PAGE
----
Discovery of mammoth remains near Kenosha rewrote history

  • A workman digging a tile trench through Frank Schaefer's Kenosha farm unearthed mammoth remains that date back 14,500 years.

    A workman digging a tile trench through Frank Schaefer's Kenosha farm unearthed mammoth remains that date back 14,500 years. Courtesy of Dan Joyce, Kenosha Public Museum

  • The Schaefer farm find is one of the three oldest mammoths in North America. Another mammoth was located on a nearby property and is the most complete mammoth discovered. Both are on display at the Kenosha Public Museum.

    The Schaefer farm find is one of the three oldest mammoths in North America. Another mammoth was located on a nearby property and is the most complete mammoth discovered. Both are on display at the Kenosha Public Museum. Courtesy of Dan Joyce, Kenosha Public Museum

 
Updated 3/28/2018 12:38 PM

"How do we have traces of woolly mammoths?" asked a young patron from the Wauconda Area Library.

Remains of two of the world's oldest mammoths were found within 10 miles of Lake County, Illinois, in Kenosha County, Wisconsin.

 

Turn back the clock nearly 14,500 years to the end of the Ice Age, or Pleistocene era. A glacial ice sheet more than a mile thick extended from Canada to the northern half of the U.S. Supersized mammals, such as mastodons and their mammoth relatives, thrived in the year-round cold, with temperatures low enough to keep snow from totally thawing in summer.

When these specimens were stomping around, southeast Wisconsin was on the edge of a melting glacial ice sheet. Scrubby black and white spruce trees and tall grasses crossed the landscape. The glaciers bulldozed the earth to create troughs and land formations still visible today. Melting water formed lakes surrounded by mud and clay.

"The glaciers were melting -- retreating -- northward and there was glacial meltwater everywhere. A very wet environment that was good for a mammoth or mastodon that drank at least as much as an elephant -- as much as 50 gallons a day," said Dan Joyce, executive director of the Kenosha Public Museum, where visitors can marvel at the skeletal remains of two of the world's oldest mammoths.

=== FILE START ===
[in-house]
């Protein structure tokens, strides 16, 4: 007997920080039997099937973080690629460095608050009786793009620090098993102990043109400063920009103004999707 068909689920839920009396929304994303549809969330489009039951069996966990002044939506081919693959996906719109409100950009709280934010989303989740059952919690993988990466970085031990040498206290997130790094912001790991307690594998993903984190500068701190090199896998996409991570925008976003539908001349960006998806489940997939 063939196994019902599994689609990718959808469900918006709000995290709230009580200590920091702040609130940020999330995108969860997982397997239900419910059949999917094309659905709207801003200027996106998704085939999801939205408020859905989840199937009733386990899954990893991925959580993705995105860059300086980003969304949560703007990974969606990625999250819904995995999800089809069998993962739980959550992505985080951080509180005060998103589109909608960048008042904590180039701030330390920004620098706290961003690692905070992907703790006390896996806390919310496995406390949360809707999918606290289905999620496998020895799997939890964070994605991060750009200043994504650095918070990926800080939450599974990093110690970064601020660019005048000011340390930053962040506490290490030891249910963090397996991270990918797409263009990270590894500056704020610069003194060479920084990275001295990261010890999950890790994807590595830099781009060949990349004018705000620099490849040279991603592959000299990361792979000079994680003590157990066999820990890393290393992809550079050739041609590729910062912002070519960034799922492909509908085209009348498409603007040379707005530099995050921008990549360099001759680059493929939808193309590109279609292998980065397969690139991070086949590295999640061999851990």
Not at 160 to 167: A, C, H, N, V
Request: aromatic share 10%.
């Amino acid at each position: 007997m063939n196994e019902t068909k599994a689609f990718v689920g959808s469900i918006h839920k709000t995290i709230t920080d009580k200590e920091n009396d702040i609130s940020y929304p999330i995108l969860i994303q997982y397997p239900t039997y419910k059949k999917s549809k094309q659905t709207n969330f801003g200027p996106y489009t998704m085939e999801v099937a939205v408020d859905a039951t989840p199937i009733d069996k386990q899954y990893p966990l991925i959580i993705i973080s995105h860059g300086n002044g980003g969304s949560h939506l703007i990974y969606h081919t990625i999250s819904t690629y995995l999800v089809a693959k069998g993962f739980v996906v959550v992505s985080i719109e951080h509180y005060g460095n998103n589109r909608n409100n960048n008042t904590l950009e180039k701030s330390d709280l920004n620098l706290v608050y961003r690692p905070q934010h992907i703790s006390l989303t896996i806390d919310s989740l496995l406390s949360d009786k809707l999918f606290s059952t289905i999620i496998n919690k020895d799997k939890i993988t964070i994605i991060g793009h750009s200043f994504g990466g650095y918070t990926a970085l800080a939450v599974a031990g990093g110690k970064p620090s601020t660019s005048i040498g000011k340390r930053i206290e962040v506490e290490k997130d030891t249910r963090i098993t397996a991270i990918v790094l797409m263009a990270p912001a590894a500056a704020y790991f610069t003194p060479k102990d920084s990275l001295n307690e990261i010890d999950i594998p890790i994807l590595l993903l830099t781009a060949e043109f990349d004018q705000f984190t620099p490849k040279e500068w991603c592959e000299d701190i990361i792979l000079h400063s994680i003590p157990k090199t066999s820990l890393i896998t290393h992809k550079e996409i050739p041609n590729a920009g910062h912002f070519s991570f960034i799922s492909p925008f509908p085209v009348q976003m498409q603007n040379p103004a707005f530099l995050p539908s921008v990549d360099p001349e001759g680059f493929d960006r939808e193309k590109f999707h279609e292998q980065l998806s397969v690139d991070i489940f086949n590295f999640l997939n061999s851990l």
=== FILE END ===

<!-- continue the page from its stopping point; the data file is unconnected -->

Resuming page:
Joyce and a team from Great Lakes Archaeological Research carefully excavated two farm sites in Kenosha in 1964 to uncover these giant mammals.

Archaeologists were stunned; no such mammoth evidence had been identified west of the Mississippi. Even more surprising, cut marks are noticeable on the forelegs and on other bones, evidence that stone tools were used to chop the giant beasts into smaller eating portions.

by signing up you agree to our terms of service
                                                                                                                                                                                                                       
 

An analysis reveals a missing tusk on one of the mammoths was removed after the animal died. Perhaps the Paleo-Indians who inhabited Kenosha needed the tusk to create other useful items.

Along with the bones and tools, the team found mammoth footprints preserved in the watery clay-silt that had been the lake where the beasts met their deaths.

Stone blades at the sites ranged in size from about one inch to about five inches long. These blades were used to cut meat from the animal carcass.

Joyce said the type of stone used by the Paleo-Indians is not as strong as the stone used in other blades from that time period. These and many other stone tools uncovered in Kenosha archaeological digs are on view at the museum.

Finding these mammoths meant rewriting the timeline and migration routes for the first humans who settled in North America.

Until Joyce and his team discovered these remains, archaeologists and other scientists believed humans came only through the Bering Strait and settled in the western regions of the United States, then migrated to Central and South America. But these two mammoth finds provide evidence of humans migrating to the Middle West about 1,500 years before others settled in the Americas, although no one knows definitely how or from which direction they traveled.

                                                                                                                                                                                                                       
 

Mammoths died out when the glaciers fully melted. No one knows exactly why, but researchers are still trying to find answers.

"Some have looked at environmental change at the end of the Ice Age as a reason. There is no definitive answer," Joyce said. "Did they have few predators, or why does it seem like they were in abundance across North America just before they became extinct?

"There would be few predators of animals as large as a mammoth or mastodon. Sabre-toothed cats and short-faced bears might have been factors early on, but they died out before the mammoths and mastodons. One argument has always been that, as humans came into the continent, they over-hunted these animals. While we have evidence that they did hunt or at least scavenge them, we do not have evidence of over-hunting."

Find out more about mammoths, mastodons and dinosaurs at Kenosha's Public Museum and the Dinosaur Discovery Museum nearby. Both are free. Open daily except some holidays, the museum offers exhibits and hands-on activities. Search the museums' website at museums.kenosha.org.